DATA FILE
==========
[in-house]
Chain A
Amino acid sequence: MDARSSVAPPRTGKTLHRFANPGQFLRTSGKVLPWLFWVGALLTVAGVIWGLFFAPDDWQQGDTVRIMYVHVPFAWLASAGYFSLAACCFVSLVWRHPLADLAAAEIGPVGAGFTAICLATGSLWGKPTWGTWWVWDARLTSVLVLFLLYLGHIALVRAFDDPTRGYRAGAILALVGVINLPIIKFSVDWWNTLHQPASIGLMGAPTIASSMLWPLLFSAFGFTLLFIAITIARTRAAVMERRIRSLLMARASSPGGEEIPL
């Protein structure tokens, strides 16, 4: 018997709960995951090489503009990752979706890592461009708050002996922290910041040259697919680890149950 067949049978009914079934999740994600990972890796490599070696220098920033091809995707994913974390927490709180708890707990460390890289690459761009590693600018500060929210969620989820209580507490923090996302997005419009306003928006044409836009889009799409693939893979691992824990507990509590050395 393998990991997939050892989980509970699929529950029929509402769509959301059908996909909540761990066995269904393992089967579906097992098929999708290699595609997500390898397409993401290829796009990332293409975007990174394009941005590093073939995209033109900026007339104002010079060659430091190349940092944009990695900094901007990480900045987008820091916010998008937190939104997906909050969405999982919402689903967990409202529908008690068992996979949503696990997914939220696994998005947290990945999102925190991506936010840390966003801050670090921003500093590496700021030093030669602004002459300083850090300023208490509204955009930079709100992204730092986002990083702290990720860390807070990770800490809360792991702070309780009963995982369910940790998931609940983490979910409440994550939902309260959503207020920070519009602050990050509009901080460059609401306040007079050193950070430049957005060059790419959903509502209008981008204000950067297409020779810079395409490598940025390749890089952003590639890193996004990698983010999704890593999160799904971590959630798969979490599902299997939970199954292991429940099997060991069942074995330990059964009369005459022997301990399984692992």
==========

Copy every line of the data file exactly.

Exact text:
[in-house]
Chain A
Amino acid sequence: MDARSSVAPPRTGKTLHRFANPGQFLRTSGKVLPWLFWVGALLTVAGVIWGLFFAPDDWQQGDTVRIMYVHVPFAWLASAGYFSLAACCFVSLVWRHPLADLAAAEIGPVGAGFTAICLATGSLWGKPTWGTWWVWDARLTSVLVLFLLYLGHIALVRAFDDPTRGYRAGAILALVGVINLPIIKFSVDWWNTLHQPASIGLMGAPTIASSMLWPLLFSAFGFTLLFIAITIARTRAAVMERRIRSLLMARASSPGGEEIPL
């Protein structure tokens, strides 16, 4: 018997709960995951090489503009990752979706890592461009708050002996922290910041040259697919680890149950 067949049978009914079934999740994600990972890796490599070696220098920033091809995707994913974390927490709180708890707990460390890289690459761009590693600018500060929210969620989820209580507490923090996302997005419009306003928006044409836009889009799409693939893979691992824990507990509590050395 393998990991997939050892989980509970699929529950029929509402769509959301059908996909909540761990066995269904393992089967579906097992098929999708290699595609997500390898397409993401290829796009990332293409975007990174394009941005590093073939995209033109900026007339104002010079060659430091190349940092944009990695900094901007990480900045987008820091916010998008937190939104997906909050969405999982919402689903967990409202529908008690068992996979949503696990997914939220696994998005947290990945999102925190991506936010840390966003801050670090921003500093590496700021030093030669602004002459300083850090300023208490509204955009930079709100992204730092986002990083702290990720860390807070990770800490809360792991702070309780009963995982369910940790998931609940983490979910409440994550939902309260959503207020920070519009602050990050509009901080460059609401306040007079050193950070430049957005060059790419959903509502209008981008204000950067297409020779810079395409490598940025390749890089952003590639890193996004990698983010999704890593999160799904971590959630798969979490599902299997939970199954292991429940099997060991069942074995330990059964009369005459022997301990399984692992």